One of the best looking of all of the vegetables, eggplants or Aubergines are easy to grow and come in a number of varieties. From the large purple skinned types to small white varieties, they are a wonderful vegetable for a range of cuisines. It is both the flavour and the texture that they are grown for.
Different varieties require different amounts of space, so work this out before planting.
Choose the right position
A little attention to position and soil preparation and you will soon the producing the most wonderful tasting eggplants.
A sunny position is essential and in cooler climates delay planting until the soil has warmed up in spring.
Check out the soil and dig in some well rotted compost and animal manure along with a little lime well before planting.
Remember that eggplants require a fair amount of water so a humus rich soil that will retain water and a good mulch on the top is ideal.
Seeds or seedlings
Many keen gardeners will collect seed and grow plants each year, however it is easier to grow from seedlings, this avoids germination problems and snail eating young shoots. However many more varieties are available from seed.
You can germinate you own seeds using a heated propagation tray. For this you can sow the seeds in late winter to early spring and then plant out the seedlings as the weather warms.
Choosing the best Variety
With dozens of varieties available some of the best include:
- Ping Tung – A thin eggplant, lots of fruit over a long season and sweet tasting flesh.
- Japanese Black – A short growing season, harvest in around 60 – 70days. Deep near black skin and sweet flesh.
- Black Beauty – Very large fruits
- Rosa Bianca
The first thing to consider is that eggplants like warmth, warmer than tomatoes to which they are related. Planting time is important and they should not be planted into the garden until the weather has warmed up. Mid to late spring as a rule.
These are also a large growing plant, you can grow them in a container, however they are best in the garden.
Eggplants require a humus rich fertile soil. Start by preparing the soil a month before planting.
Step By Step
- Dig in good amounts of well rotted compost and some aged cow manure. Make sure that the soil is free draining, as although they like moisture they do nor like wet soggy soils.
- In our sunny position after the soil is prepared we are ready to plant.
- Seedlings are planted at around 50 cm apart for the large growing types.
- Once you have planted the seedlings you should mulch around them with something like pea straw. This will help keep weeds down, retain moisture and keep the soil warm.
- We always like to water in well with a liquid seaweed fertiliser, it really promotes good root development and gives the plants a ‘flying start’.
- After planting and watering remember to mulch around the eggplants well to retain that moisture, we use sugar cane, pea straw or Lucern mulch.
- Once the flowers begin to form its time to fertilise. You can use something like seamungus, or maybe dynamic lifter. Water before fertilising and again after.
- From planting the seedlings to harvest will take around 12 weeks.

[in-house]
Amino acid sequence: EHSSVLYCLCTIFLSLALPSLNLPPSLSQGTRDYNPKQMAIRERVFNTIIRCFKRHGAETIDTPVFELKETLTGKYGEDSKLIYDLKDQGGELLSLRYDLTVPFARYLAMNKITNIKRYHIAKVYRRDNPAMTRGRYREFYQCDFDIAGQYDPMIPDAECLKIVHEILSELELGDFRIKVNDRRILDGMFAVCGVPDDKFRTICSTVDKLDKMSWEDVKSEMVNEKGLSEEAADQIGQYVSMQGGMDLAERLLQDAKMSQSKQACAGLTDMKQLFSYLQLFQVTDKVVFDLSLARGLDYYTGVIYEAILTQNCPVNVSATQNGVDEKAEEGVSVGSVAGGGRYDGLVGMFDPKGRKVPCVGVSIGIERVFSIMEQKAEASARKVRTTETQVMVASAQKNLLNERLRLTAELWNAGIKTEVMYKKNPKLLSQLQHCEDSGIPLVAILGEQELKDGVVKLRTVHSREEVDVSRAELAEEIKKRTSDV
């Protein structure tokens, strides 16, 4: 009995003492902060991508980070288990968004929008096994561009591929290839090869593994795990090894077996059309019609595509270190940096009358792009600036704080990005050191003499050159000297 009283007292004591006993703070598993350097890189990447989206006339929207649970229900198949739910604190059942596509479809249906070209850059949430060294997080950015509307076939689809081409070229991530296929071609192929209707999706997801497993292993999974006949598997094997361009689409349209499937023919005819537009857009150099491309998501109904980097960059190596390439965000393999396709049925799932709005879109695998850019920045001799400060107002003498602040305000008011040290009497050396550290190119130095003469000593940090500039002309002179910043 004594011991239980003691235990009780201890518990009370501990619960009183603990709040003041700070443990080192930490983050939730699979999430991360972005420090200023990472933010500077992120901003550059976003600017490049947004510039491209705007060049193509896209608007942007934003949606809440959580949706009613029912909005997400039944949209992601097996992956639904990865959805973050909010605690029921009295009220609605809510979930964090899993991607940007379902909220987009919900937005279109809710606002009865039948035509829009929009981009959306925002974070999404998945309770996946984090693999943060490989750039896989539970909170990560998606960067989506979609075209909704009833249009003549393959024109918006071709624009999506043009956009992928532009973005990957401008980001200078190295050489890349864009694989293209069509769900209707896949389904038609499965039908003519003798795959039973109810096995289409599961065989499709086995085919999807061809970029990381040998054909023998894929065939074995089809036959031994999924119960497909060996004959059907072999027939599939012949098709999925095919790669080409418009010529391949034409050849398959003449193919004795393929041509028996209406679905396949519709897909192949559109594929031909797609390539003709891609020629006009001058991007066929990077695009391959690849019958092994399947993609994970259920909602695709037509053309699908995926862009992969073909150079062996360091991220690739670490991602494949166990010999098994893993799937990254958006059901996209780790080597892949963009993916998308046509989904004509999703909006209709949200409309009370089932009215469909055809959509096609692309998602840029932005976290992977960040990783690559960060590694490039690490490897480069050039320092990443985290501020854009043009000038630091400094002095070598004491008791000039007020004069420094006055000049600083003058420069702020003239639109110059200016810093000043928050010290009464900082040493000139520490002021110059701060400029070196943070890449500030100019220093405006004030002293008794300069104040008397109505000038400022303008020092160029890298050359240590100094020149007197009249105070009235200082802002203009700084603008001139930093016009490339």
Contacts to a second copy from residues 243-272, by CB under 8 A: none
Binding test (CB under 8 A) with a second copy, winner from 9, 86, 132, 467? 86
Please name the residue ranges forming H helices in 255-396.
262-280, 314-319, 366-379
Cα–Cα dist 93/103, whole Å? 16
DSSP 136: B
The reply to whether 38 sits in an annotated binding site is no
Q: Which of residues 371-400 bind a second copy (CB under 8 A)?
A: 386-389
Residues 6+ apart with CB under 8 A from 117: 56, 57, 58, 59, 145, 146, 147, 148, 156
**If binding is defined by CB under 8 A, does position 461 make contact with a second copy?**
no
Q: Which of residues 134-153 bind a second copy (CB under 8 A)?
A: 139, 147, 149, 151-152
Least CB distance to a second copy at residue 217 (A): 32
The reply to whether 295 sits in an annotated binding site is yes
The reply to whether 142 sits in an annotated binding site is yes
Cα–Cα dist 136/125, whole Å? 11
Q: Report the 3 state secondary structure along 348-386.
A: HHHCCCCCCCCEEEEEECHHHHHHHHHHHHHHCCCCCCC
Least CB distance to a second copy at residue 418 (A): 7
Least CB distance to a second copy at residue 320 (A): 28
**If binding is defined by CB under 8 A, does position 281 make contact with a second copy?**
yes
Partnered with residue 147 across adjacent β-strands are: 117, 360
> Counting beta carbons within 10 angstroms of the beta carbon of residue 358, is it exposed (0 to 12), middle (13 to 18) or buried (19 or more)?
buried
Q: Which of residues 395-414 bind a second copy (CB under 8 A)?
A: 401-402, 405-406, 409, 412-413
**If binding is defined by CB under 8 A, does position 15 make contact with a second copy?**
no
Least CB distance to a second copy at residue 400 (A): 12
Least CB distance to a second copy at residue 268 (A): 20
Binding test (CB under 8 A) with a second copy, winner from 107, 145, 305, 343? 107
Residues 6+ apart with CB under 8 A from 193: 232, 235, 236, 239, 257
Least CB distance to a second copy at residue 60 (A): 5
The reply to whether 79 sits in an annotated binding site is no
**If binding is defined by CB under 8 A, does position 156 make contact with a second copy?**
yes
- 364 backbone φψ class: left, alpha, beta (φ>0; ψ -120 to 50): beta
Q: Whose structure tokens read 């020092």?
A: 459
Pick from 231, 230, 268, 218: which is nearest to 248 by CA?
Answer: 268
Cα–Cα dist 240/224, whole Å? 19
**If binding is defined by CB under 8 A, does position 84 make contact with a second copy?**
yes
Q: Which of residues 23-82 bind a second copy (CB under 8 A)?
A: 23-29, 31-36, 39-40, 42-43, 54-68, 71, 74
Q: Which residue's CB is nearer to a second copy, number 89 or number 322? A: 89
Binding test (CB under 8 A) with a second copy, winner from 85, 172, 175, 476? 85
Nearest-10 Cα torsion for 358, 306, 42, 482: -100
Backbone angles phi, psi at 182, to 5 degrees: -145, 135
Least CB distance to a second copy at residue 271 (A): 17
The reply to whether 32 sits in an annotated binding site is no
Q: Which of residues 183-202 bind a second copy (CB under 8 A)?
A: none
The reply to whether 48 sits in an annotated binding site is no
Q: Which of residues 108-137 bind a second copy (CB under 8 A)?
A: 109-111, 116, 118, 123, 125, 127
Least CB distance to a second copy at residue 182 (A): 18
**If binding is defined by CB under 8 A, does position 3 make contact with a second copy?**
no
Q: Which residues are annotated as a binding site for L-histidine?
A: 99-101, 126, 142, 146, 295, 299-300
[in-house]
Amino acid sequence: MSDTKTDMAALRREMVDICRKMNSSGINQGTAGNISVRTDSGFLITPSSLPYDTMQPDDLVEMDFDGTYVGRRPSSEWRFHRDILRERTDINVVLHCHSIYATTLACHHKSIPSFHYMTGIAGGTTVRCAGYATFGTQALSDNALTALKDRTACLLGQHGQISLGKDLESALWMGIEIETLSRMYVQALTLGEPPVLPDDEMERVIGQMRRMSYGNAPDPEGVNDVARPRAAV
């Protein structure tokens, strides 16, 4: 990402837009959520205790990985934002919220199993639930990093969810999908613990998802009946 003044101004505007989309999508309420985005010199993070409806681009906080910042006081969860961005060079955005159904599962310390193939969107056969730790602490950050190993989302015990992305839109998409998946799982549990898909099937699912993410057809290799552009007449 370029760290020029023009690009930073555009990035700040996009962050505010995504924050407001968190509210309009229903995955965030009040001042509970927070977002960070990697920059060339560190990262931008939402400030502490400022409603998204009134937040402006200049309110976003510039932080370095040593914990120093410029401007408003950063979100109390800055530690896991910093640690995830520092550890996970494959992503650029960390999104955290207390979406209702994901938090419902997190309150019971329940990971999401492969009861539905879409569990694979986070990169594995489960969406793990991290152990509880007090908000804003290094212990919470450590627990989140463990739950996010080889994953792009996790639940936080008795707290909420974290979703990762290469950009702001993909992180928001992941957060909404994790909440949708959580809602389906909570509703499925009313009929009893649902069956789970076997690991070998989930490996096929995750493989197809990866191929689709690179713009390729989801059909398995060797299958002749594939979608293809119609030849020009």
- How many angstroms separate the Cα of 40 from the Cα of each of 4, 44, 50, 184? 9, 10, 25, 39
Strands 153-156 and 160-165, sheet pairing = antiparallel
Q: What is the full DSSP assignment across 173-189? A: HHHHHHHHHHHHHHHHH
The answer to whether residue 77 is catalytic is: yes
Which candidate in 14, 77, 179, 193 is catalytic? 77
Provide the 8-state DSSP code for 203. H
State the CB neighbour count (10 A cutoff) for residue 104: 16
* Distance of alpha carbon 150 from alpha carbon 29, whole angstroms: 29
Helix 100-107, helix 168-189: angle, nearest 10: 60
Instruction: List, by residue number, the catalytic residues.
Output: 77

Growing Eggplants from seed
- If you are growing eggplants from seed, sow them using a heated propagation tray, indoors, or in a greenhouse 4 – 5 weeks before they will be planted out.
- We suggest planting the seeds in biodegradable jiffy pots.
- Then you can simply plant the whole pot.
- Seeds will need moisture and warmth as well as good light to germinate.
- You can use a propagation tray that provides some bottom heat if you wish.
Every week we water with seaweed fertiliser and once the fruits begin to form we increase the watering as they really need it at this time.
Major problems are caused by poor air circulation, cold weather in early summer and lack of pollination of flowers. Frost will knock the eggplants over, so avoid frost prone areas. Hot dry weather, prove a little protection from the sun to prevent burning of foliage.
The fruit of the eggplant is ready to harvest when it is plump, smooth and glossy, but try to harvest before the seeds start to form as the eggplant seeds can make fruit bitter. Generally harvesting is 8 – 12 weeks from planting seedlings. Snip the ripe fruits off with some scissors or secateures rather than pulling them off the plant.
Eggplants are a favorite in Indian, Egyptian, Greek (moussaka), Italian and French (ratatouille) Cuisine. Yes some eggplants do look like eggs, especially the small white ones, however most are a purple colour.
Companions and crop rotation
Remember that eggplants will grow well with tomatoes, however this also means that you need to plant them in a part of the garden where no eggplants, tomatoes or potatoes were grown the previous year.
Some varieties are used as ornamental plants because of the interesting fruit shapes and colours. Varieties range from the well known large black eggplants, to small white eggplants. ‘Black Beauty’ is a traditional large purple variety while ‘Snowy’ is an elongated white variety. Eggplant seeds and seedlings are available for sale online and from retail nurseries.
Some commonly grown varieties include:
‘Cambodian Green Giant’, ‘Harris Special Hibush’, ‘Burpee Hybrid’, ‘Black Magic’, ‘Classic’, ‘Dusky’, and ‘Black Beauty’, ‘Diamond’, ‘Rosa Bianca’ is an Italian heirloom variety worth seeking out for its sweet flesh and smooth texture, ‘Brazilian Oval’, ‘Thai Yellow Egg’ , ‘Ping Tung Long’ , ‘Thai Long Green’, ‘Listada de Gandia’ , ‘Goyo Kumba’
‘Chinese Round Mauve’ , ‘Udmalbet’
Eggplant seeds and seedlings are available from good nurseries
And our favourites…
‘Rosa Bianca’ for flavour and looks, ‘Japanese White Egg’, ‘Casper’ and ‘Easter Egg’, yes the white ones for the look.